Bean Cooking Machine

Cooking time of the common bean is an important trait for consumer preference, with implications for nutrition, health, and environment.

To reduce on social-economic and environmental degradation, the Alliance of Bioversity International and CIAT (Alliance) is working to see that the breed common beans that cook faster and still retain the nutrient quality.

That's why Alliance researchers Harold Diaz and Henry Ruiz modified Mattson-based cooker to become partially automated using an embedded system for taking data from each seed individually.

The Matson cooker is fitted with an automated cooking time data collector that consists of wire ribbon, temperature sensors, contact sensitive terminals and the UDOO single board computer. The software developed for this system is connected to a computer or smartphone that monitors the cooking time process.

The process is simple, beans that have reached harvest maturity are picked from the field and dried under controlled temperatures to attain a moisture content of 13%. The samples to be cooked are soaked in distilled water for 18 hours prior to mounting onto the machine by lifting the pins and putting them in the engraved wells on the Matson until all the 25 pins are set for cooking.

The system uses a custom-made printed circuit board assembly with 24 installed micro-switches that detect if any of the 90-g stainless steel piercing pins pierce the bean. A ribbon cable connects the plate to a Udoo micro computer system harboring a router for Wi-Fi communication. Furthermore, a PT100 sensor was added to allow monitoring of the temperature throughout the experiment.

Finally, a web application was developed to monitor and control wirelessly the process on any computer or mobile device. 

Advantages: 

  • 2 independent processes running at the same time. 
  • All data is automatically recorded into the database. 
  • It does not require permanent attention.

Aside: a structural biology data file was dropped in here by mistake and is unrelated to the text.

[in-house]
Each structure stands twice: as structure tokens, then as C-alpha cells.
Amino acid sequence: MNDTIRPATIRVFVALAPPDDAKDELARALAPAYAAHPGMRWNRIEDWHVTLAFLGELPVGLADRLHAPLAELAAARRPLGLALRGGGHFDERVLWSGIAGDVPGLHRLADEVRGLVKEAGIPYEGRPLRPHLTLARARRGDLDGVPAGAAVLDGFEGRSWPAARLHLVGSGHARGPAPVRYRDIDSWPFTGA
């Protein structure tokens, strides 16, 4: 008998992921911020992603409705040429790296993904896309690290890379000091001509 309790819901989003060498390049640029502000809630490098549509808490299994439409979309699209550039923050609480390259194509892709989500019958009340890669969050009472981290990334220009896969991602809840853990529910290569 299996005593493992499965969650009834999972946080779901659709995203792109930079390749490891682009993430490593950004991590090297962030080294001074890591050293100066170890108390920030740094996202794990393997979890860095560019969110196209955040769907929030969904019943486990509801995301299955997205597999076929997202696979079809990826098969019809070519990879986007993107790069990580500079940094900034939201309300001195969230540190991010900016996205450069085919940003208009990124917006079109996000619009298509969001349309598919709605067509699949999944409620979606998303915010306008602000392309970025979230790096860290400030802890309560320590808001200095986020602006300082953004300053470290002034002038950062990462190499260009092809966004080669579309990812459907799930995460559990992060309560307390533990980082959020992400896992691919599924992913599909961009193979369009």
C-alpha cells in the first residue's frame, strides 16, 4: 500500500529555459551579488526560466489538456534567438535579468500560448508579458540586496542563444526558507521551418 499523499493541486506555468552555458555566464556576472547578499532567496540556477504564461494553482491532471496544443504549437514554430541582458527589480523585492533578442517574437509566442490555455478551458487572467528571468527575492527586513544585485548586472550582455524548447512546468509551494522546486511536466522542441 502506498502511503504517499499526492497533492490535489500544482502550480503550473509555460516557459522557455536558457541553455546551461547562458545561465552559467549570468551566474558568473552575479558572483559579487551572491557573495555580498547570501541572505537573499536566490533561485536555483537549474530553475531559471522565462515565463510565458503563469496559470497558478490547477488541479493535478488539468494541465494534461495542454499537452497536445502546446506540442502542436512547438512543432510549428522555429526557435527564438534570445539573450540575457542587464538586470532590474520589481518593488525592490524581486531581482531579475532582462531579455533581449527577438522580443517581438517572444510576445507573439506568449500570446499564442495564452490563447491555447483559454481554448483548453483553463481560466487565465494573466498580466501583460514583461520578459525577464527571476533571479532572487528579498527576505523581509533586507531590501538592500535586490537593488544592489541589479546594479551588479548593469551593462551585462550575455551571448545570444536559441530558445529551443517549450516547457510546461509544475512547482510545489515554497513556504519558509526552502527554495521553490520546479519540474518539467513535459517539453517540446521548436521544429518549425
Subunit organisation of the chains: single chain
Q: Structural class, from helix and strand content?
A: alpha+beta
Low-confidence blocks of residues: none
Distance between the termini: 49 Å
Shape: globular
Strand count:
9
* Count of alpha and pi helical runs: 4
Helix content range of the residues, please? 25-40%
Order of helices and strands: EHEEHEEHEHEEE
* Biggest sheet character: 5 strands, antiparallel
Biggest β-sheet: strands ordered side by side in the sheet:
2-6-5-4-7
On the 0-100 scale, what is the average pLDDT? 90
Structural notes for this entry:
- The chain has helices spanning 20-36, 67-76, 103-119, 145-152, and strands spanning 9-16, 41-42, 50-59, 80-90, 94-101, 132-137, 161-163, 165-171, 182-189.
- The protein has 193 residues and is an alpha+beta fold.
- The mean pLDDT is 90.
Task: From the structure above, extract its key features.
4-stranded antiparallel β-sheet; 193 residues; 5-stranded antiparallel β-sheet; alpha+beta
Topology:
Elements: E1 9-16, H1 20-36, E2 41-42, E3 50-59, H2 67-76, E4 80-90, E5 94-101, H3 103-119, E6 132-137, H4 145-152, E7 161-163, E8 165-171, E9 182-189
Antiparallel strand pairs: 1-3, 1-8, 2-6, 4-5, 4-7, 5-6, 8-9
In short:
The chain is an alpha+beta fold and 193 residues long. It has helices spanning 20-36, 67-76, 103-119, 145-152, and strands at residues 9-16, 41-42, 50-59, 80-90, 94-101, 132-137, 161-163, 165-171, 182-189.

• Events saved every time plunger drops, even if happens simultaneously. 
  • Friendly user interface. 
  • Small and compact size. 
  • Wireless communication. 
  • Allows mobile devices to control the process. 
  • Open-source and low-cost efficient resources. 

In what context is this tool useful?

The Bean Cooking Machine is useful in a context of research institutes and breeding programs intended to find grains that cook faster due to the lower time taken for meal preparation usually carried out by women, which would allow them to pursue other tasks. Another important issue is the economy of energy use. The energy for cooking represents about 90% of all household energy consumption in developing countries using wood as a major fuel source. When this wood is burned, it contributes to high levels of local air pollution.   

From a nutritional perspective, cooking time is important because it affects the content of phytochemicals with antinutritional effects. Prolonged cooking times were reported to reduce and degrade nutrients important for the human diet. Research also revealed that fast cooking beans retain more minerals and proteins after being fully cooked compared to other slow cooking beans, showing the higher nutritional value of fast cooking beans. Therefore, a shorter cooking time can have a positive impact on consumers, freeing up time, as well as improving nutrition, health, and economy, especially in areas where beans are consumed as a primary source of protein. Several methods have been used to evaluate cooking time for beans. 

Results

This machine has been adapted and implemented in the Alliance Americas Campus in Palmira Colombia, and in Africa with partners across the continent (Uganda, Tanzania, Malawi) and Michigan State University.   

Researchers found in a recent study some bean varieties with the lowest average values for cooking time such as the VEF (37.4 min), MAGIC (38.1 min), and MIP (51.6 min). In the MAGIC population, the founder with the lowest cooking time was MIB778 (30.2 min). 

Through research efforts in the bean community, some varieties that cook quickly have been identified, released, and promoted to the end users. The shorter cooking time (less than 60 minutes)  varieties include NABE 6, ROBA1, RWR 1873, NABE 4, NABE 12C, KK20, AWASH MELKA, AMAHUNJA, BIHOGO, CAB2, CNF5520 & G858

Through this process, of identifying lines that have traits for faster cooking, the selected beans will improve the livelihood of end users and preserve the environment.

Contact people

Clare Mukankusi - c.mukankusi@cgiar.org (Principal Scientist)

Harold Diaz - h.diaz@cgiar.org (Main Developer)

Fabricio Soto – f.soto@cgiar.org (Technical Support).